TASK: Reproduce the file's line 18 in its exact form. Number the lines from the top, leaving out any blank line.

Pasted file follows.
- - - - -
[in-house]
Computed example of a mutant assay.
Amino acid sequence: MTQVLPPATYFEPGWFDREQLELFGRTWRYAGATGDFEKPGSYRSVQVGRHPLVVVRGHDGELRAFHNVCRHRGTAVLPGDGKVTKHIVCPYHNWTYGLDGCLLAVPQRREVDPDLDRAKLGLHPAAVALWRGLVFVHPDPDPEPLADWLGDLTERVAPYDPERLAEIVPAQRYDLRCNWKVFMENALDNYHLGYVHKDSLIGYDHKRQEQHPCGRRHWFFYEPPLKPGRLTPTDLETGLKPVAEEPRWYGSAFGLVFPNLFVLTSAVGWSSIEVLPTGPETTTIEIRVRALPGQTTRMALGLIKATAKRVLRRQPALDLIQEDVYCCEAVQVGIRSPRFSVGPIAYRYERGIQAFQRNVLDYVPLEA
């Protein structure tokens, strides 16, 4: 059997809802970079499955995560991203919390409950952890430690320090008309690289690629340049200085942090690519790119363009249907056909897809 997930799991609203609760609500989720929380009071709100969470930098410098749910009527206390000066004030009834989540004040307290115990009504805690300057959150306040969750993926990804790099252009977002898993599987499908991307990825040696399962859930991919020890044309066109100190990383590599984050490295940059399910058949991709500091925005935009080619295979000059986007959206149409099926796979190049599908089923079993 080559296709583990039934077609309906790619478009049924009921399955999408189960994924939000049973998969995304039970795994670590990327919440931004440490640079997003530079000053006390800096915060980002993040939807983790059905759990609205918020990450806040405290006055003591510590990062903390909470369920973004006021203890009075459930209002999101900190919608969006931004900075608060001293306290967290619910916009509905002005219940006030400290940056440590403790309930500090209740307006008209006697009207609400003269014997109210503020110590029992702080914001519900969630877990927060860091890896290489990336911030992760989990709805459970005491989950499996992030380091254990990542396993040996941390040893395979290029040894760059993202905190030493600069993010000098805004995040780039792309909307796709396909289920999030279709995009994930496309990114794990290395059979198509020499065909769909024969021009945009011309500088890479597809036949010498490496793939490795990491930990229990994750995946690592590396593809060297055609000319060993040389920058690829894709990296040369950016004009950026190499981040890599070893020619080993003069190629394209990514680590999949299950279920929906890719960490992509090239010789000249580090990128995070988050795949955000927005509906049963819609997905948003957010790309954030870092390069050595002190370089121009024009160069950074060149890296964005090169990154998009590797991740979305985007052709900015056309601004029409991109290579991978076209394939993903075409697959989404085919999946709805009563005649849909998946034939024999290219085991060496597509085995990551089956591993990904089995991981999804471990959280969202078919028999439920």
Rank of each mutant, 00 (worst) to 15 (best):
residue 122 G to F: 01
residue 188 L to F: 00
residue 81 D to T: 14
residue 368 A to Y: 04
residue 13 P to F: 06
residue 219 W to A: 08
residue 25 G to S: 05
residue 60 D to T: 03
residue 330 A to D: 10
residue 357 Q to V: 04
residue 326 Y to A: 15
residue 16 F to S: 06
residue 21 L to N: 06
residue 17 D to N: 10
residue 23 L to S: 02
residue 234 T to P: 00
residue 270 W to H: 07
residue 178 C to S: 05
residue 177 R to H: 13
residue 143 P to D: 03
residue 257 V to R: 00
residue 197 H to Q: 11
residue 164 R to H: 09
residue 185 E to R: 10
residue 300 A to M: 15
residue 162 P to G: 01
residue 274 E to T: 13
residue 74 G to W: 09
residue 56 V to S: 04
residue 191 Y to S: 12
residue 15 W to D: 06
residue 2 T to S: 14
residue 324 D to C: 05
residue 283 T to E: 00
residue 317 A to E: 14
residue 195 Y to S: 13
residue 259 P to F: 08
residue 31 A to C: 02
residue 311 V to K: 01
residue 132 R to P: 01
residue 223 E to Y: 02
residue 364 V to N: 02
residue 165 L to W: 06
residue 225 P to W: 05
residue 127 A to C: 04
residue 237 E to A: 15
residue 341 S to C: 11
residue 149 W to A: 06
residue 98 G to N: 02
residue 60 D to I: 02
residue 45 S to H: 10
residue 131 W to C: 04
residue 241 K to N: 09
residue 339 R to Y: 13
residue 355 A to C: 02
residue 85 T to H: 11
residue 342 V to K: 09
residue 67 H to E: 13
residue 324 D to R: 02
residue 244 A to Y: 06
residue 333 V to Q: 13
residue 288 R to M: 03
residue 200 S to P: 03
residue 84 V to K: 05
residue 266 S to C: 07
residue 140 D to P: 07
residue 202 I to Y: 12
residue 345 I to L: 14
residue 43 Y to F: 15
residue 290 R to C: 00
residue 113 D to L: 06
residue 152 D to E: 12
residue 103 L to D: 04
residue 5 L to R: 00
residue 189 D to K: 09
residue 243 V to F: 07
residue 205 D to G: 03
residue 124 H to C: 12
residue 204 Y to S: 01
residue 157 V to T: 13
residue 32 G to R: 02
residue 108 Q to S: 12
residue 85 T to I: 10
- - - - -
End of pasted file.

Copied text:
residue 21 L to N: 06